However, this portrayal of Armenians and Turks requires a significant amount of selective storytelling and ignoring issues that do not suit one’s interests. This in turn leads to manipulation of facts also in religious discourse.
For example, the claim that Armenians are the “first Christian nation” is actually under contention, as a strong case has been made that Ethiopians might be the first nation or people to have adopted Christianity. Yet many Armenians either do not even know or prefer to ignore this contention, and continue to boast of their “firstness”.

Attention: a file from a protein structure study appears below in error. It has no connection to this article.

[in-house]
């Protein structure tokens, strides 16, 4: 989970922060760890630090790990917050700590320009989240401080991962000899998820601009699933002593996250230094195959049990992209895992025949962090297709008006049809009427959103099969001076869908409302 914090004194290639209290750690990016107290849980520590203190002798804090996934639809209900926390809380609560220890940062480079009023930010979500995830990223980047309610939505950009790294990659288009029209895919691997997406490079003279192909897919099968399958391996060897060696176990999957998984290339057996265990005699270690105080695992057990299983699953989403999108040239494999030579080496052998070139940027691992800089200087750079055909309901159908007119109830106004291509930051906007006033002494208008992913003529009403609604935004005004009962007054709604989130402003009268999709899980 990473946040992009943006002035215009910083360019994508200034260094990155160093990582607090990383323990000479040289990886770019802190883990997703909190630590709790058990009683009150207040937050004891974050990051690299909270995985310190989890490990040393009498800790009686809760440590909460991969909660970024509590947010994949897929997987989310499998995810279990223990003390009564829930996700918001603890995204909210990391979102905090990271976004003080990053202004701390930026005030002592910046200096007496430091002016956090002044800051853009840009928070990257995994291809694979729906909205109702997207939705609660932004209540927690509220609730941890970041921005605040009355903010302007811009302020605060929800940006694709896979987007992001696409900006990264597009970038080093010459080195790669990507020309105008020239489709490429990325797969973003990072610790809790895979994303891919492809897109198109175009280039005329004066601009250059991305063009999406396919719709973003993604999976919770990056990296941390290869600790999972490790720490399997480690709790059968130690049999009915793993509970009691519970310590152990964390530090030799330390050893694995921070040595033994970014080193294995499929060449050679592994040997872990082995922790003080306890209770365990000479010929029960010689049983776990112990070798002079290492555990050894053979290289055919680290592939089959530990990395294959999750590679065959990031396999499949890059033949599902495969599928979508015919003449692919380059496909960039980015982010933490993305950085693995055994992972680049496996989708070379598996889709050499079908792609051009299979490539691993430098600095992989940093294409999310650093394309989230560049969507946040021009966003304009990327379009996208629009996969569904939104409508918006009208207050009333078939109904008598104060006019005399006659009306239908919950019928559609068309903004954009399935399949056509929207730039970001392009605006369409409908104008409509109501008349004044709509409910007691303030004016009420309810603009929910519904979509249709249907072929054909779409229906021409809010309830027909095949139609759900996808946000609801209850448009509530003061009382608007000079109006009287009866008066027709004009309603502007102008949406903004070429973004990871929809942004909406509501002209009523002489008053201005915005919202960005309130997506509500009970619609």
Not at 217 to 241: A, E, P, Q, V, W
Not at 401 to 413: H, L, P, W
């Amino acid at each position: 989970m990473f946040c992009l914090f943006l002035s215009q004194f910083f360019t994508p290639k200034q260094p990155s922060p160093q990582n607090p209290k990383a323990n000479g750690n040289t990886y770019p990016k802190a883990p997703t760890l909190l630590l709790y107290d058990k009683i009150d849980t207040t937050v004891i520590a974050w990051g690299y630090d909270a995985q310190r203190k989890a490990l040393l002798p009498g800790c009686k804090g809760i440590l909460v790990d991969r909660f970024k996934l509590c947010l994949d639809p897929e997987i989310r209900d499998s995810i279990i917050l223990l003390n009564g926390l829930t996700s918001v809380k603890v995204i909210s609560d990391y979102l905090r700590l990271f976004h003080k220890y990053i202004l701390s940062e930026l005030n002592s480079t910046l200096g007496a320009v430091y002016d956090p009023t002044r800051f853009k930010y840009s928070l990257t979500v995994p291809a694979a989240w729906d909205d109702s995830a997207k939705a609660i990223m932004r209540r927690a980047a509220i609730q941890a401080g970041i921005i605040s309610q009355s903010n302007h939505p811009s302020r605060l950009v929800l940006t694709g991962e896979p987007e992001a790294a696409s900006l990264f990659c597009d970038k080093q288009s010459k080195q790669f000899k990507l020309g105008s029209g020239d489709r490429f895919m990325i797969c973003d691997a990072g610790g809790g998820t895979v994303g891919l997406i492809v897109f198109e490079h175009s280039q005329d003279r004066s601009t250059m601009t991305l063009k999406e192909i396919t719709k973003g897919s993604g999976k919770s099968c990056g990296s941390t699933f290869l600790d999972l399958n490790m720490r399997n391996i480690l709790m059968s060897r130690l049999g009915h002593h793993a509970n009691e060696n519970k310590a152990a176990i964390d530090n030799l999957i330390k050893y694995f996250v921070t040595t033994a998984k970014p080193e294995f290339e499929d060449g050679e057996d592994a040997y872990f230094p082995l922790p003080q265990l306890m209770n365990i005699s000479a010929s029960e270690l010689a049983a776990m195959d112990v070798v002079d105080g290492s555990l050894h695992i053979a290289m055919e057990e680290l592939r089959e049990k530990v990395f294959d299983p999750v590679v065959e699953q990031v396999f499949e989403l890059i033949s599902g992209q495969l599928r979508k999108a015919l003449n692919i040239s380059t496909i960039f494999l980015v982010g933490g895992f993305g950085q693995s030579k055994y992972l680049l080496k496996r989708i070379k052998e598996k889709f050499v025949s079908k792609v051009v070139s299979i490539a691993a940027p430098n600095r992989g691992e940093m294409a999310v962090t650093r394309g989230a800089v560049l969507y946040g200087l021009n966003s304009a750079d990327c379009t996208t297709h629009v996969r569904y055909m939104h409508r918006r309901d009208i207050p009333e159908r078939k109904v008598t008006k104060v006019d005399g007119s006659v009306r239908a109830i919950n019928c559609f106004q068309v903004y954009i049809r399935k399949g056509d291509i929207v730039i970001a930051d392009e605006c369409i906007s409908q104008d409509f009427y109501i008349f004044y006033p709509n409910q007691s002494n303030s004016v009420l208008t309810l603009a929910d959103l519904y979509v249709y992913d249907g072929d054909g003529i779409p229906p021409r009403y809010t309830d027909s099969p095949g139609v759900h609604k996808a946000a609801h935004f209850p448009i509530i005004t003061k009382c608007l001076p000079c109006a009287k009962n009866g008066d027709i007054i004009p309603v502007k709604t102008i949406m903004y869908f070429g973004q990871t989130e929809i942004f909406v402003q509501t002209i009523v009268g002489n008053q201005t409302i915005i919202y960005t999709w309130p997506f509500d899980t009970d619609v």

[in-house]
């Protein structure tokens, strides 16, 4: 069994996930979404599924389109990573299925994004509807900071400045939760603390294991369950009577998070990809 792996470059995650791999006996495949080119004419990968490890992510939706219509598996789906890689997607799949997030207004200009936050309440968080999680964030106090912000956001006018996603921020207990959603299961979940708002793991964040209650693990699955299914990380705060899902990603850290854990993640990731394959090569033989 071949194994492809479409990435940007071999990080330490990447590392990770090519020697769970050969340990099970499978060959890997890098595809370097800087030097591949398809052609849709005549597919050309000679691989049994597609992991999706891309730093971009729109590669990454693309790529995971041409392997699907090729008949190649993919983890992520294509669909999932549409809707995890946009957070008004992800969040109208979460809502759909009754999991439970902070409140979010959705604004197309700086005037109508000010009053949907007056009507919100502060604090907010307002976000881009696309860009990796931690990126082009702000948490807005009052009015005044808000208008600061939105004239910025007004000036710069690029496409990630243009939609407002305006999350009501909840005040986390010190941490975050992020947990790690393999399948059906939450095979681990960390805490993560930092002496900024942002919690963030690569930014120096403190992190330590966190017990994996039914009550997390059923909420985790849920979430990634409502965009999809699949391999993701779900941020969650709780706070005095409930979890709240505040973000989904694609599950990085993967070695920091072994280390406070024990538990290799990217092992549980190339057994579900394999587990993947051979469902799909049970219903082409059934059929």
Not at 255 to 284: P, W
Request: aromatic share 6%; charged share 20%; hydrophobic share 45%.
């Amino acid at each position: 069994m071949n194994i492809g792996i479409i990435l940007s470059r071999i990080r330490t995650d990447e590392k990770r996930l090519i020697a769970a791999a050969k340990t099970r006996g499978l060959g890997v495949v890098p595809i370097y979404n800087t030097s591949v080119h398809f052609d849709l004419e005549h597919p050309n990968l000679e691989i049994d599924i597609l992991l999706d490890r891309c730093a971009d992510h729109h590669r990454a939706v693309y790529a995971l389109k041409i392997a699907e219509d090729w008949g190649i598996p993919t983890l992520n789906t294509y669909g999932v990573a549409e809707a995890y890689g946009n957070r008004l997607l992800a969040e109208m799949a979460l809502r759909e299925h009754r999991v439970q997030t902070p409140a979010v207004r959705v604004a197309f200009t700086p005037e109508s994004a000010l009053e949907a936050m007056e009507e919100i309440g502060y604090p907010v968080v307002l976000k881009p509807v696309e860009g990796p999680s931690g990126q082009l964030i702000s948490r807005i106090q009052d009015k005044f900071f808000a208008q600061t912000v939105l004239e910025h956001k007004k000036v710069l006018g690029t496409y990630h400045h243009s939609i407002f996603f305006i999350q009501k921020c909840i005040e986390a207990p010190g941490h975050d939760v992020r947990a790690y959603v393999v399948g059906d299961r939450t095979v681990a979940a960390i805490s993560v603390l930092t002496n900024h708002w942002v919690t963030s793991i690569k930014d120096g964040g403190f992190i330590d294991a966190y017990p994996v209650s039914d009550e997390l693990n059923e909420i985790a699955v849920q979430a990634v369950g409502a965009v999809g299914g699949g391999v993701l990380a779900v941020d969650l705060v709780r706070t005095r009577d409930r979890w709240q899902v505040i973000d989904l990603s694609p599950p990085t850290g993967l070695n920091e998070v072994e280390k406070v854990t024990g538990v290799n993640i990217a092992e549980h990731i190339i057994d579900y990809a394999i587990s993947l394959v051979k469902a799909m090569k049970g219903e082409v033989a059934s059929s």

Selective storytelling and ignoring issues also comes into play when portraying Armenians as being perpetually victimized and downtrodden. Every group of human beings have the capacity to engage in violence, this is unfortunately a part of human nature. Armenians are no exception to this. As such, portraying Armenians as being perpetually victimized and downtrodden is simply not accurate. Since Armenians have become so keen on referring to their Christian identity in their quest to portray the 1915 events as genocide, it is only appropriate then to talk about the stories involving the murder of Bartholomew, one of the Twelve Apostles of Jesus Christ. I came across the article containing these stories in Groong/Armenian News Network and have since gotten the impression that Armenians are not keen on having such stories being circulated. However, such stories are actually quite well known among Armenians and also various other Christian groups. There are variations across the ancient Christian stories involving Bartholomew, however, most converge on the fact that he was tortured and killed in the most violent and gruesome fashion by pagan Armenians while he was attempting to spread Christianity amongst Armenians. It is obvious why Armenians do not wish for such stories to be circulated; they do not fit well with Armenians' perpetually victimized and downtrodden narrative. In a similar fashion, the Roman Catholic Church and also other churches prefer to keep Bartholomew’s story in the background, presumably because bringing up that it was Armenians who killed him in such a violent and gruesome fashion will make it difficult for Christians to show solidarity with Armenians.